Inca Mythology differs slightly from other Mesoamerican and South American mythologies in the fact that the belief system revolved around the sky and the cosmos. The Incas observed the milky Way and made interpretations based on its movements when observed from their capital city of Cuzco. These movements of stars, planets etc. were all connected to their agricultural practices and the stories tend to revolve around them. This was especially important for the Inca, as they relied on cyclical agricultural seasons, which were not only connected to annual cycles, but to a much wider cycle of time (every 800 years at a time).
During the Spanish inquisition, almost all of the few records maintained by the Inca were destroyed as their religious beliefs were considered to be pagan in nature by the staunchly Catholic Spanish army. The stories from the Inca mythology that are told and retold today have been passed down from generation to generation.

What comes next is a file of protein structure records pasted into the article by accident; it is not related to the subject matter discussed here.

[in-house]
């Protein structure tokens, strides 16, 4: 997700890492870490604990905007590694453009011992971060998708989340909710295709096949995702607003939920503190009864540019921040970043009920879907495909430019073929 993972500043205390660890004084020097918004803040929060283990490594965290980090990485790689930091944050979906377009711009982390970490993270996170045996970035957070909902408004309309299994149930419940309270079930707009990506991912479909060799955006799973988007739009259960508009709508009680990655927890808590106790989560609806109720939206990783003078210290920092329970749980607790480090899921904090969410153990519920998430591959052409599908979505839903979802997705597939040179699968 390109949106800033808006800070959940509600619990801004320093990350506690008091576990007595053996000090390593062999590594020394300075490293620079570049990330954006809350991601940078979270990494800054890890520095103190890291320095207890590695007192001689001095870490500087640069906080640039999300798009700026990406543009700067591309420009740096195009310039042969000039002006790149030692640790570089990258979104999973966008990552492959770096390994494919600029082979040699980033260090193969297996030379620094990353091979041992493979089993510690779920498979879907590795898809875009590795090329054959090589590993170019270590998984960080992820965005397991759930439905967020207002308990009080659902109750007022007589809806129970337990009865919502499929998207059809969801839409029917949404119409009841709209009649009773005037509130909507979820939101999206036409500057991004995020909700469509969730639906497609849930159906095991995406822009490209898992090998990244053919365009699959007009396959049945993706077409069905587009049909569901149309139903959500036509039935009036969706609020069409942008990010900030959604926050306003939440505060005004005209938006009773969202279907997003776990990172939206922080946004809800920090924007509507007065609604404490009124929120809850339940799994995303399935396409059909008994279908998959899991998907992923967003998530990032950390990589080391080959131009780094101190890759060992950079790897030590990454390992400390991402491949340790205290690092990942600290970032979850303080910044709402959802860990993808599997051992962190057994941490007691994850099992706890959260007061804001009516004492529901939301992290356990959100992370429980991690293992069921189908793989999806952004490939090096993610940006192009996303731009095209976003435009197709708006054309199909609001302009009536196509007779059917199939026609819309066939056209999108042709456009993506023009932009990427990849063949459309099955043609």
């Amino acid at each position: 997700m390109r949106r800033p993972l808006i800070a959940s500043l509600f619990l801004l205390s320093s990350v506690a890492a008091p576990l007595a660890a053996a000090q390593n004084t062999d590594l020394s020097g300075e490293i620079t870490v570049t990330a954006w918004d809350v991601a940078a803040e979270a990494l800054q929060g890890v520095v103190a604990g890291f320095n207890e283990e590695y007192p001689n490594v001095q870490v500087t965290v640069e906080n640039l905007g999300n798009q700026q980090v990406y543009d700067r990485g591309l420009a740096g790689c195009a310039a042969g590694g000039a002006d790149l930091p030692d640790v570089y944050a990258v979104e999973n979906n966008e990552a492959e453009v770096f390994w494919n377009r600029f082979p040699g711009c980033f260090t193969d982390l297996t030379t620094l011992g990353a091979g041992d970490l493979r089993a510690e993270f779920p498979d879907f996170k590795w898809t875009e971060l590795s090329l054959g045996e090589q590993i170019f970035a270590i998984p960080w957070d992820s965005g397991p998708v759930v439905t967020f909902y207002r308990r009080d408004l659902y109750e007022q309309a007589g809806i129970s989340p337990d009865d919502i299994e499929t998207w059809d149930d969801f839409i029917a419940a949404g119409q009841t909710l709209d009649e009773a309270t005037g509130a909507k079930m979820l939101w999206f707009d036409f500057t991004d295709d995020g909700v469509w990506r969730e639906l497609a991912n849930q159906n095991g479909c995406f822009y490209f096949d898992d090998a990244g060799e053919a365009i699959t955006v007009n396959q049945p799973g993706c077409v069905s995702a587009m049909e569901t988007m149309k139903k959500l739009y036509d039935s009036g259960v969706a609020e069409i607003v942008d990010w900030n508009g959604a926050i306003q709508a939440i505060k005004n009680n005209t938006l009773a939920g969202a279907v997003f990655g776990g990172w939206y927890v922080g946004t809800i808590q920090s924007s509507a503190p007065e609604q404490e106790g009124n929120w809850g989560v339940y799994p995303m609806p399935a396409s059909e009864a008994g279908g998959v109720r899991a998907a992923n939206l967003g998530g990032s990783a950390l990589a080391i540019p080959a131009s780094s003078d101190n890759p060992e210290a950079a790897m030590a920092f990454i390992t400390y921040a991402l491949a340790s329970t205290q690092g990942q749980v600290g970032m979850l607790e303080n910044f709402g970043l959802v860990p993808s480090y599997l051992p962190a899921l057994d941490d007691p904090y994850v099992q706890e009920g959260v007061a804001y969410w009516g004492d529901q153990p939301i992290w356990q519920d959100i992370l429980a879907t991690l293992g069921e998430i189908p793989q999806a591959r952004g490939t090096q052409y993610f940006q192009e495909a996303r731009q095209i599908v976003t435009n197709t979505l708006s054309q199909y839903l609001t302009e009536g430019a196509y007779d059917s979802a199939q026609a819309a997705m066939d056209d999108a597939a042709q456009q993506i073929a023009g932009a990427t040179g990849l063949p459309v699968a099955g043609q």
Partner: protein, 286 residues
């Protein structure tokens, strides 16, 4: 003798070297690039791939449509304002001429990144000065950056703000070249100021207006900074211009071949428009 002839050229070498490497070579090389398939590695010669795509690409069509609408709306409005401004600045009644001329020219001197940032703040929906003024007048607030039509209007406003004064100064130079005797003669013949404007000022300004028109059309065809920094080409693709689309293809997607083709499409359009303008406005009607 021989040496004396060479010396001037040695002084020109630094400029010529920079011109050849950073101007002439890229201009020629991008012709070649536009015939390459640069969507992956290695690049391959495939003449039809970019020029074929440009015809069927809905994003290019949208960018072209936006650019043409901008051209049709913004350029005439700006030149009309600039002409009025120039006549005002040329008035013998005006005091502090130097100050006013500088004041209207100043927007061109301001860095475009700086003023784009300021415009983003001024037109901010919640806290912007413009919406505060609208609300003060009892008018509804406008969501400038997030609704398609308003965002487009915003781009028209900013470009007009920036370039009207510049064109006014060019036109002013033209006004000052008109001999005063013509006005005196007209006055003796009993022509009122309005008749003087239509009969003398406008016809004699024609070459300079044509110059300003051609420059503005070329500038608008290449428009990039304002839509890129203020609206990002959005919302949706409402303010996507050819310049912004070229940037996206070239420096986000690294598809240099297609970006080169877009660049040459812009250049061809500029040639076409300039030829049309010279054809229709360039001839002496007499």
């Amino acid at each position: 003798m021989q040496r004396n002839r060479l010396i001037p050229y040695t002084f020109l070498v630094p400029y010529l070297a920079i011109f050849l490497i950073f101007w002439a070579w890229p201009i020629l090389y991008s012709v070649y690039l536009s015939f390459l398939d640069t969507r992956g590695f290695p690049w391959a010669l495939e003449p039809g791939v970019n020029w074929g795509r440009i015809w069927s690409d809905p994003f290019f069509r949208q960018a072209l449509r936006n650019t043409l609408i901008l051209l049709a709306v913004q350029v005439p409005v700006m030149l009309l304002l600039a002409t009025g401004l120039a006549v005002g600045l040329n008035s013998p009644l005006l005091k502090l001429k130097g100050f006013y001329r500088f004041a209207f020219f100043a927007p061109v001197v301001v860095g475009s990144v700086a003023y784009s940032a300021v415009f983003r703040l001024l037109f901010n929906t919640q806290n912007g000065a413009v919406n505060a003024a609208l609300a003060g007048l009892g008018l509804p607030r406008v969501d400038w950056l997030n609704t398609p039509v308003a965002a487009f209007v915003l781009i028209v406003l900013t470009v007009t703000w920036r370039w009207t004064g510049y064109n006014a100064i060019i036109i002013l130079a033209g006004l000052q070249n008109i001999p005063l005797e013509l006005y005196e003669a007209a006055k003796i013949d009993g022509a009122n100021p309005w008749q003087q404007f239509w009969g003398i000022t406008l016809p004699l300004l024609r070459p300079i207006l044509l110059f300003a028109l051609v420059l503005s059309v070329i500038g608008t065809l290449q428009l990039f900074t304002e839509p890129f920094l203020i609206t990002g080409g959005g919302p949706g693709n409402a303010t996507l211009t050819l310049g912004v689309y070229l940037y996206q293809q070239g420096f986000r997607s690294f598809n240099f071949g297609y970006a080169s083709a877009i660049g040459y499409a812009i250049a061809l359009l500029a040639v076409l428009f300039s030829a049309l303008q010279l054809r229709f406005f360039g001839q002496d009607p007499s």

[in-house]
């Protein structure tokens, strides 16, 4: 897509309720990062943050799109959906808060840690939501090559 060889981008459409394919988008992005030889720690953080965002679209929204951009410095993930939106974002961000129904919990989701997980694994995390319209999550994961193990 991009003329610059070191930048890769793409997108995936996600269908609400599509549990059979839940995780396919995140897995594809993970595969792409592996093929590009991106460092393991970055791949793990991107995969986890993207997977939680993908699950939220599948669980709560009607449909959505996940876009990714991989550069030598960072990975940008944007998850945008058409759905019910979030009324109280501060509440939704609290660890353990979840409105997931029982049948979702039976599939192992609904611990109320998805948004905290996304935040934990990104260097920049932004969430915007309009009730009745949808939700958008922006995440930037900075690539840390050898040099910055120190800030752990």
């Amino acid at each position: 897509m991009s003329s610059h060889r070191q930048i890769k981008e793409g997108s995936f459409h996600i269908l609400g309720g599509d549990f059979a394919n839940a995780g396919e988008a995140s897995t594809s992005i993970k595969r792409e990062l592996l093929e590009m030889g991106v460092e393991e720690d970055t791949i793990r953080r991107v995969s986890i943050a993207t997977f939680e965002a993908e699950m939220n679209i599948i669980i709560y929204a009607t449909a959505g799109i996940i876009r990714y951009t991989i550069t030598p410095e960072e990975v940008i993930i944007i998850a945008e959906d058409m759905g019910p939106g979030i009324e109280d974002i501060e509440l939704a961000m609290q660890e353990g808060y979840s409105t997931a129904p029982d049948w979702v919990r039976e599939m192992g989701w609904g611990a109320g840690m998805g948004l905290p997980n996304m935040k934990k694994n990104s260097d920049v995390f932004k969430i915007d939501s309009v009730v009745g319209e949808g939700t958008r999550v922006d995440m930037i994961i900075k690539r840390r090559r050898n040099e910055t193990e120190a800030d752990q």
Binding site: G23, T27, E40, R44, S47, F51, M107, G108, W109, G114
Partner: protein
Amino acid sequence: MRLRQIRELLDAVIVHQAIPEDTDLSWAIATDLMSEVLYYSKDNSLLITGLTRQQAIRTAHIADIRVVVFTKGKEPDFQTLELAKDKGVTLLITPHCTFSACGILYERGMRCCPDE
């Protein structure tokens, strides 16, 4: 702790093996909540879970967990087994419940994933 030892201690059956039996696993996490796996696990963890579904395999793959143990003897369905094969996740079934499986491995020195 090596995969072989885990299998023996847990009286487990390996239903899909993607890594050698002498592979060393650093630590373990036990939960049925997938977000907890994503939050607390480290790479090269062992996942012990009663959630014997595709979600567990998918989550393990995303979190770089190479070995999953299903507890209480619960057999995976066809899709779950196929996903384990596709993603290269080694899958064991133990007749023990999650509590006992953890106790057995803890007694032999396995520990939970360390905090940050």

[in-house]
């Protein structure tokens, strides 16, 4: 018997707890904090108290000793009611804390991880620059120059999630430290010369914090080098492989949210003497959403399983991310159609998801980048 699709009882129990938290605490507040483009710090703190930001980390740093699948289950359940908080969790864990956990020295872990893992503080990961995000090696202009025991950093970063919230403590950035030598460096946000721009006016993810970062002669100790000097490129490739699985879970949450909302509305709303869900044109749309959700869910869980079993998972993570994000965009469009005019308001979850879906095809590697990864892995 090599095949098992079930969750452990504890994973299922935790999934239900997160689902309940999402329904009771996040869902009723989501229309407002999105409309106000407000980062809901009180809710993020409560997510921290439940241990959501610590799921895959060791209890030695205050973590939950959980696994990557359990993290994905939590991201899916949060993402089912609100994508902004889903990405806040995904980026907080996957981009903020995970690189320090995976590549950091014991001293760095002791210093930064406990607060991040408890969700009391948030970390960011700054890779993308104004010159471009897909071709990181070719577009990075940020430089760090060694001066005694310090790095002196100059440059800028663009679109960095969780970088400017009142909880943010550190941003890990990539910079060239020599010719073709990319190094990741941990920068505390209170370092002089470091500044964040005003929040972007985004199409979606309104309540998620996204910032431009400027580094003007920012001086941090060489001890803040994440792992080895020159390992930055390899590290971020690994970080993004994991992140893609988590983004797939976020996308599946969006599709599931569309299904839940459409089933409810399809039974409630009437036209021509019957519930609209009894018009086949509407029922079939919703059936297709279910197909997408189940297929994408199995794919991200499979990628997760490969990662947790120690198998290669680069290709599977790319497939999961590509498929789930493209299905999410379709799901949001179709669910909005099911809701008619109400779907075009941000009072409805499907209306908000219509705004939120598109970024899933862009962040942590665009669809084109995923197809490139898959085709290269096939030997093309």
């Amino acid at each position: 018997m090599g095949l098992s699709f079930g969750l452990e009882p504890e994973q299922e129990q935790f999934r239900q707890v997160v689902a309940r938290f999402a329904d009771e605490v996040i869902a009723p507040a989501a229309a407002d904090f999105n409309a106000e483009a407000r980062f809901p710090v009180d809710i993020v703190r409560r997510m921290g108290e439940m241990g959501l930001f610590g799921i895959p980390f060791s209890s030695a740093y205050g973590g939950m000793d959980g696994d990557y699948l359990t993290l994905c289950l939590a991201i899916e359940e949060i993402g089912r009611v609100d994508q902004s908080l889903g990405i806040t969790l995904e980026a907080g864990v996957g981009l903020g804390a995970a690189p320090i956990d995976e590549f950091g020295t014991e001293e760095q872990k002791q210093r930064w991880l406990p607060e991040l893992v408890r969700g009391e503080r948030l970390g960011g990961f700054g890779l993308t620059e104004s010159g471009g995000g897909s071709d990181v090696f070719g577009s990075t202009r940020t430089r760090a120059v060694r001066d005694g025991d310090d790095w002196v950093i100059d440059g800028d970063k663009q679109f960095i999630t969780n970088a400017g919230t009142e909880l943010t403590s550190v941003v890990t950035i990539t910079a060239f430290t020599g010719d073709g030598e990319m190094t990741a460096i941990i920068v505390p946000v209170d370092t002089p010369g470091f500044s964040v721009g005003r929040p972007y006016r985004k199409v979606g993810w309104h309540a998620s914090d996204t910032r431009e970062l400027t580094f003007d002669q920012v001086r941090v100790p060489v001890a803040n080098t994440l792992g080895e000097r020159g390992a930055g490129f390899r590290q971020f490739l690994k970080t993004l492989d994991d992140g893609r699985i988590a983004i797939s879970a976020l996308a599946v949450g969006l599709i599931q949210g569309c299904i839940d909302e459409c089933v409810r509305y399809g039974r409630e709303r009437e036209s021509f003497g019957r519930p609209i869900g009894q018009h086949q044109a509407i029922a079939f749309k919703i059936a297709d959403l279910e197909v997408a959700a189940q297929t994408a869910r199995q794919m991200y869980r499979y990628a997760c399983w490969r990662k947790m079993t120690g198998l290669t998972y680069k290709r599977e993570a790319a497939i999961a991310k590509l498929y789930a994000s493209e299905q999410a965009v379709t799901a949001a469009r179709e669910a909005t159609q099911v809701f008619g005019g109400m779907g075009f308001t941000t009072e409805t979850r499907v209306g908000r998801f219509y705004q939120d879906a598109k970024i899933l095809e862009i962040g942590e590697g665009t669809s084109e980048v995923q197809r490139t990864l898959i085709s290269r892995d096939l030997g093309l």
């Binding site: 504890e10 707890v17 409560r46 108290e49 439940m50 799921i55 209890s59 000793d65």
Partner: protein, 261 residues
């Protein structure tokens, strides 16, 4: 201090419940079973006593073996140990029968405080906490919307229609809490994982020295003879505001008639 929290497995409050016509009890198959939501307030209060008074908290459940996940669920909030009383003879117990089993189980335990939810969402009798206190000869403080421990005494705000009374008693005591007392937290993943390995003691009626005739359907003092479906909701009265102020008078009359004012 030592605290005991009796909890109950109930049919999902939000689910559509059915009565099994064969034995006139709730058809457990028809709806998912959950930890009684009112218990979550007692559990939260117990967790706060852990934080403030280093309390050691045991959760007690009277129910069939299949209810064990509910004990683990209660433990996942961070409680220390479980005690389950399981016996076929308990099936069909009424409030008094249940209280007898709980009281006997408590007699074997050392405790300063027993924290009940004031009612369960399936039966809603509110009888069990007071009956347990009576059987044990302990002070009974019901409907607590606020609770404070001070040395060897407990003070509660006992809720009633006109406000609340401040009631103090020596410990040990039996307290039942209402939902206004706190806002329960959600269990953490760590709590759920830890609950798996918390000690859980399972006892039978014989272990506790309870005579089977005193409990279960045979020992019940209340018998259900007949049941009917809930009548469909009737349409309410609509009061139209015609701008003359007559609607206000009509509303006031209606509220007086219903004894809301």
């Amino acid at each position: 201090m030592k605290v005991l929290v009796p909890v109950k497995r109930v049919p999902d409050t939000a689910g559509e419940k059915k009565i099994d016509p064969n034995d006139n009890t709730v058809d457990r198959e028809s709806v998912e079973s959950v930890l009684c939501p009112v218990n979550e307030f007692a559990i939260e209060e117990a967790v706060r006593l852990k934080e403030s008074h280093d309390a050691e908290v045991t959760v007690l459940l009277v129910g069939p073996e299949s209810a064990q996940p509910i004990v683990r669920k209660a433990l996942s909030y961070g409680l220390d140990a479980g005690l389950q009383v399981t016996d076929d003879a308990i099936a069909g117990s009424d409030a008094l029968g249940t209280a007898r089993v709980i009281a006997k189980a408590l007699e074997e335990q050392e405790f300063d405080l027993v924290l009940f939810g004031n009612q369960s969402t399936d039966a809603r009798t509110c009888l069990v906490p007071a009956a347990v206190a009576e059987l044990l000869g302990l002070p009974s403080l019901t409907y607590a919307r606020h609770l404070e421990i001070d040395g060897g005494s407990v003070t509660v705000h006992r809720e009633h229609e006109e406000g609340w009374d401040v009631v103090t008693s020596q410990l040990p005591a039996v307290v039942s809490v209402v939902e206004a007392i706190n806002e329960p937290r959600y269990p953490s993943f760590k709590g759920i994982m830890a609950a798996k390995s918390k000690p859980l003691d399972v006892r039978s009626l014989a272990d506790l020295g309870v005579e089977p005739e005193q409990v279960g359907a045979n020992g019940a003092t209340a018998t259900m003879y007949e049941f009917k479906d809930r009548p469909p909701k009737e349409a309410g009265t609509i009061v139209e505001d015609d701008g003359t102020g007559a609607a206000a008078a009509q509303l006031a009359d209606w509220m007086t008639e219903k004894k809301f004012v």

The most important element of the Inca mythology and worship was the sun. The religious practices revolved around the sun as the Incas themselves belied that they were descendants of it. The Incas tailored their mythology to glorify their own culture and to reinforce the idea that they were a superior people destined to rule others.
The Inca’s started out to the south of the Andes but later spread out and at its peak had conquered the region from Columbia to Chile. They built roads, and networks within the region and were instrumental in growing the influence of their faith in the whole of the area. As the empire grew, they absorbed the cultures and beliefs of the areas that they conquered and also added to the local customs albeit giving them all a superior Inca angle. Without a written language, the role of the story teller became very important in spreading the mythology and stories around the empire.